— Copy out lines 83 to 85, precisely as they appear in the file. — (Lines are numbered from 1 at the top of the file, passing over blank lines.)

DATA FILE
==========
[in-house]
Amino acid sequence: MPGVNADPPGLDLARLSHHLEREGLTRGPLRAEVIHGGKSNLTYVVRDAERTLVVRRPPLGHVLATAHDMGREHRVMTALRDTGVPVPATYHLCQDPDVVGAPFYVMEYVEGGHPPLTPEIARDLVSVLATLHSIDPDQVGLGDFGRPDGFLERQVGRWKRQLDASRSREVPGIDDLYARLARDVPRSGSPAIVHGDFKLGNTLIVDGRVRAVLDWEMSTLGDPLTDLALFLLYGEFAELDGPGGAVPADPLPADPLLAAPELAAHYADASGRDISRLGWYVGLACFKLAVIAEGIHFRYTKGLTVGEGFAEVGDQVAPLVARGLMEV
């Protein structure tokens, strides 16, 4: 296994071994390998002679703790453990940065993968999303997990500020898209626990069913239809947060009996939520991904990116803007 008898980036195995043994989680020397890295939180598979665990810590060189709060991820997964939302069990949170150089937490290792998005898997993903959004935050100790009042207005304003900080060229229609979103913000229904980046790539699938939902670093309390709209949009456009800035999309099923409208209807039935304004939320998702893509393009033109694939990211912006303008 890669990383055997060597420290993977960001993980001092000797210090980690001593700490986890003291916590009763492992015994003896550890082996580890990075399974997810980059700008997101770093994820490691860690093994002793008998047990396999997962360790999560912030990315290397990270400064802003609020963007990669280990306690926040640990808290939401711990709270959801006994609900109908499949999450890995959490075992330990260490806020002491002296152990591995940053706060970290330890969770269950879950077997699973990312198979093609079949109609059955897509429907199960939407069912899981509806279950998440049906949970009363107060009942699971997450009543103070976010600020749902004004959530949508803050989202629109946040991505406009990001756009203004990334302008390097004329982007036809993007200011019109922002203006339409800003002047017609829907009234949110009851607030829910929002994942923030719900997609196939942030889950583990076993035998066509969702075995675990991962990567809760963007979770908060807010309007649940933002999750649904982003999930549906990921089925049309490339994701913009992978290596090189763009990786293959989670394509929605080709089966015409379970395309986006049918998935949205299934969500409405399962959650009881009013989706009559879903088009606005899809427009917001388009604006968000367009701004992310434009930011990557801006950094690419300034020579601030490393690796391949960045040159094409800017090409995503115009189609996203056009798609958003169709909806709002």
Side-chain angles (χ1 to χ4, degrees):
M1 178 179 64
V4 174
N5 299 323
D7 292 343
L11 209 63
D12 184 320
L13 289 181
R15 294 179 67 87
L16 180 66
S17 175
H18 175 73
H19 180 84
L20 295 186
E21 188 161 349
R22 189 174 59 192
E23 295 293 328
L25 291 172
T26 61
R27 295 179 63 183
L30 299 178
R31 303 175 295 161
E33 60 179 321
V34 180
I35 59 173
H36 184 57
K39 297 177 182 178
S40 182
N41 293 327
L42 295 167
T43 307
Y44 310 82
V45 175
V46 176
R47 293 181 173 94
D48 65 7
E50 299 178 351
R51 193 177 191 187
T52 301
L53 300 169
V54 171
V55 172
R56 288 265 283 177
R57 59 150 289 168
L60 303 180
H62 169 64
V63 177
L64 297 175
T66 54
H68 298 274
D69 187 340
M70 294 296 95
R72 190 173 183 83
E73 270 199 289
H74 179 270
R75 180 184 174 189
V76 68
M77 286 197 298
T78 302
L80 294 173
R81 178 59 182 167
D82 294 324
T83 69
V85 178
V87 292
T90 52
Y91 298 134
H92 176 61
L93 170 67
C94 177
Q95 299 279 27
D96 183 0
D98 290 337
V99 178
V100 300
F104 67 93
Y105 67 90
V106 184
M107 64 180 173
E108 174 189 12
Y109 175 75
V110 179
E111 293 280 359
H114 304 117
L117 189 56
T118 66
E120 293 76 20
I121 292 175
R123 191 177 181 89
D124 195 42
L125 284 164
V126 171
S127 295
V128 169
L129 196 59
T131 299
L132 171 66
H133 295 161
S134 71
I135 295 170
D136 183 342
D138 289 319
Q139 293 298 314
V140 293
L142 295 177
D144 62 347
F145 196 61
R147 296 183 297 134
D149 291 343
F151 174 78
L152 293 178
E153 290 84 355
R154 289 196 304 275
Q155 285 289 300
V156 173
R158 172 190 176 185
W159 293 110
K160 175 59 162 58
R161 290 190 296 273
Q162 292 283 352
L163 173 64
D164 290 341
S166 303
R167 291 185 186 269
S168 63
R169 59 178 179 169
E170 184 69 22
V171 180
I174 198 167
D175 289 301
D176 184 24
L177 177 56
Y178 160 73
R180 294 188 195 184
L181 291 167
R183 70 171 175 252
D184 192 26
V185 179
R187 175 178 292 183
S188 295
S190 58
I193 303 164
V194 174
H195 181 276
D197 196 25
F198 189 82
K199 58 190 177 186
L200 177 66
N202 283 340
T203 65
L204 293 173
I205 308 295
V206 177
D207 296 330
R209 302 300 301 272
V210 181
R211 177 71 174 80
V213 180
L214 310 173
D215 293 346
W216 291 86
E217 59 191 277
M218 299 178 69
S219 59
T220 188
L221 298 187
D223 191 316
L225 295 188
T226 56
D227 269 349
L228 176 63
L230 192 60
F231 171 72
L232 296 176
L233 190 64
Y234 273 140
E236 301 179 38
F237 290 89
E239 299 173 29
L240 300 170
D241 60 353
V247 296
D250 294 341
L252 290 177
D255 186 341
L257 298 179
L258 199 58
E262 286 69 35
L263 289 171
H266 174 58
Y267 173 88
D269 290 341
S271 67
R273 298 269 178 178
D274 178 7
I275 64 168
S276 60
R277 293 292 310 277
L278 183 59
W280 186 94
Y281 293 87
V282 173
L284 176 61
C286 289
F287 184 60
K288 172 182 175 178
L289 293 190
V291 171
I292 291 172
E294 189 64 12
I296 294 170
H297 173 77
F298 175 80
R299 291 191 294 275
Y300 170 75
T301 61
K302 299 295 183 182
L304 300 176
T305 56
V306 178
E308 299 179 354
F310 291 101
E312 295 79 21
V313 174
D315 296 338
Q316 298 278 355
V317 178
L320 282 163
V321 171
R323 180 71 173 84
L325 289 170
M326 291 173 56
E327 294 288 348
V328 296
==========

E108 174 189 12
Y109 175 75
V110 179